• Tuesday, February 27, 2024
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BusinessDay

Do you not want to stop and smell the roses?

Do you not want to stop and smell the roses?

Every human is likely to overthink, but a lucky few, perhaps the wise, have intentionally chosen not to throw themselves into that hot, stinky mental prison. There they are, living, breathing, free.

Overthinking resembles an abusive relationship. You’re aware it’s destructive, yet crave the false peace that erupts from the chaos. It feels like a faulty regulator, sometimes offering control but often leading you to miss out, fueling anxiety, and leaving you with headaches and unease. With overthinking, you mask all the good things with the dull, ugly coat of nonexistent conclusions, effectively shrouding all the beauty. Exhausting, right?

Read also: Mental health as human right

I’m guilty of this too. Weary from all the overthinking, I’ve edited this article seven times or more, and I still wonder if it’s well put together. Even after it’s published, I worry if it could have been better. Overthinking is a heavy, unnecessary weight. Life throws enough burdens at you; don’t add this one. The “what ifs” creep in: What if you fail? What if you’re rejected? What if you stumble? What if you’re not chosen? What if you’re forgotten? What if you flop? What if you stutter? Rarely do we consider, “What if you don’t?”

With overthinking, your thoughts blur with fear. It’s hard to distinguish carefulness, thoroughness, and meticulousness from plain fear. As always, I want to learn, adapt, and improve (even though it often feels like a battle without top-notch ammunition).

Here are a few things to remember:

Don’t take anything too seriously:

I mean, life’s like a playground if we choose to see it for what it is: a place with all sorts of games—horrid, happy, and everything in between. In the end, everyone, whether they had the most fun or just sat on the bench watching, meets the same fate—death.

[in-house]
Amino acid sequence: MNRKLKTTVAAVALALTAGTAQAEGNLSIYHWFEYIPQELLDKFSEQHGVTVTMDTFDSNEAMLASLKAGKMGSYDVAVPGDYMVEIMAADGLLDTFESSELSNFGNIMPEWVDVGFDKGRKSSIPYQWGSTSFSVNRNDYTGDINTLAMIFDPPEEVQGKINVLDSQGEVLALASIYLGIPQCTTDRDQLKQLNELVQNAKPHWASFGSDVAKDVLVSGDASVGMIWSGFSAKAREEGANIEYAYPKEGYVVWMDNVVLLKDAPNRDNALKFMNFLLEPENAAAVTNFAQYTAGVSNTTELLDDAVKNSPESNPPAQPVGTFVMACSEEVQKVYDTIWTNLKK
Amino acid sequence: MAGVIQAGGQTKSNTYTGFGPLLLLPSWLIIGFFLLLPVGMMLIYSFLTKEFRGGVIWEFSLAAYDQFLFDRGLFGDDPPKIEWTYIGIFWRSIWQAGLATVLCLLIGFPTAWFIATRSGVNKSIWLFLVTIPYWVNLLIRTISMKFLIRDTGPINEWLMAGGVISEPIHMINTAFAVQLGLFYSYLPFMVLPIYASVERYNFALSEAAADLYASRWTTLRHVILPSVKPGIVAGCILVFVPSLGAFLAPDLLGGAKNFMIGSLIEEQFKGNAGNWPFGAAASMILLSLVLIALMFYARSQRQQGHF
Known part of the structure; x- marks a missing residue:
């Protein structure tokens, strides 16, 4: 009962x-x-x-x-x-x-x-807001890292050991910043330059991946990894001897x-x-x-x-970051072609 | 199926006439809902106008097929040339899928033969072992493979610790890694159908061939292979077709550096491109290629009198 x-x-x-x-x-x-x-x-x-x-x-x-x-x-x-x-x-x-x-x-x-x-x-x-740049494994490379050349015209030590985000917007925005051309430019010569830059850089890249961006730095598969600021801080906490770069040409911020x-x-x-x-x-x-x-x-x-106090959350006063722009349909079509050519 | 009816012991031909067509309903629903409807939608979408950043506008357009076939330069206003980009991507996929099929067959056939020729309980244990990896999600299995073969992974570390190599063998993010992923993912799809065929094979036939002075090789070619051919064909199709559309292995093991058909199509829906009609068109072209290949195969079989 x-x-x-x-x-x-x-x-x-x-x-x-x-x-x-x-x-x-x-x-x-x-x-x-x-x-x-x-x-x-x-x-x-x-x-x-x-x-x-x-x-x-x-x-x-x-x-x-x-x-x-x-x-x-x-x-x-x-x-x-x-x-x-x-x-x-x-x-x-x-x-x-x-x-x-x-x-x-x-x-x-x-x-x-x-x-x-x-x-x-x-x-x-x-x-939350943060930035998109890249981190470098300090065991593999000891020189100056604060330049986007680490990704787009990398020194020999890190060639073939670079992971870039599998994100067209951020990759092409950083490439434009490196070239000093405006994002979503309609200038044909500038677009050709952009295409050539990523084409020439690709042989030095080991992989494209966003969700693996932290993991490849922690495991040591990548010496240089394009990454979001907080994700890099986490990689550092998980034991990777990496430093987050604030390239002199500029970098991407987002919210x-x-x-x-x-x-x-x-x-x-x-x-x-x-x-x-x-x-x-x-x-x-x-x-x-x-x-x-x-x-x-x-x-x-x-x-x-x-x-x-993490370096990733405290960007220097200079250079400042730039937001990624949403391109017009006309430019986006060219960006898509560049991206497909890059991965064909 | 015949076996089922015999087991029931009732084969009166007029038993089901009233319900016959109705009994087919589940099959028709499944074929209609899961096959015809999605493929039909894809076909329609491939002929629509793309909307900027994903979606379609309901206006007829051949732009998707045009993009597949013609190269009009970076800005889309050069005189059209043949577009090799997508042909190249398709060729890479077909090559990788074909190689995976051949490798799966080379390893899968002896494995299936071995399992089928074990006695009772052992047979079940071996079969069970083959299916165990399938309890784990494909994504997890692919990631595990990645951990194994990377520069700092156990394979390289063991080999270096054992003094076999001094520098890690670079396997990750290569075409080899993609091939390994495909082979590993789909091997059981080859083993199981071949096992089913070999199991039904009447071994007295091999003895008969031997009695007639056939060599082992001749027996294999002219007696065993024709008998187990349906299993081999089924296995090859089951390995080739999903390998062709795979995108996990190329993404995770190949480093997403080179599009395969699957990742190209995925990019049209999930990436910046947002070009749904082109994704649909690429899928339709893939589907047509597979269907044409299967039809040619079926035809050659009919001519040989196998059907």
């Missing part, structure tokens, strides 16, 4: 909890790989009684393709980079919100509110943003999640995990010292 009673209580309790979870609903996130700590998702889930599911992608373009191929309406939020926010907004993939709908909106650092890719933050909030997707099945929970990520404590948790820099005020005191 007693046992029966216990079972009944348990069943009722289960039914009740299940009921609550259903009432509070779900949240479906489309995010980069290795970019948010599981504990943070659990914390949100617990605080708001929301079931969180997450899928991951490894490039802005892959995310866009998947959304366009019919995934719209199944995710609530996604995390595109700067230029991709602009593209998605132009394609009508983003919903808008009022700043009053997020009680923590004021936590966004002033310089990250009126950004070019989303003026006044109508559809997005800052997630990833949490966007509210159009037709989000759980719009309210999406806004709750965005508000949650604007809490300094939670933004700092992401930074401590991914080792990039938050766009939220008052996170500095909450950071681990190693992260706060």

Everyone is battling something: It could be physical, emotional, or any other kind of challenge. They might even be fighting because someone they care about is struggling. It’s a crazy world, after all.

Always stop to breathe: The world won’t stop for you, whether you do or not. Let it spin as it wants; take your own breaks, and rejoin the ride whenever you’re ready.

Stay open: Be prepared for the challenges, but also anticipate the peace. Rain comes, but so does the sun. Bad things happen, but so do good things, and you deserve those too.

You don’t know what you don’t know: Most risks are usually worth taking. When the ghosts of regret come knocking, you’ll wish you’d taken a chance with risk-taking Mr. or Ms. and embraced the clarity it brings.

As long as you’re alive, strategizing regularly, tweaking old plans, or opting for fresh starts are always good first steps to living fully. While putting your mind to work is essential, don’t get so caught up in planning that you forget to enjoy the present moment. Don’t look back and ask, “Where did all my youth go? When did I forget to live? Why didn’t I…?” simply because you’re wrapped up in fear you call ‘overthinking.’ There’s no rule book to life, but here are some ways to navigate:

1. Get professional help if you can afford it.

2. Retrace your steps. Ask yourself repeatedly, “When did I start forgetting to live?” “Why did I start forgetting to live?” “How did I start forgetting to live?” The answers might come slowly, but they will come.

Anita Oguni is a BMA Certified Creative storyteller who has successfully driven Marketing Communications strategies, from the conceptualization and planning stages through to implementation/execution.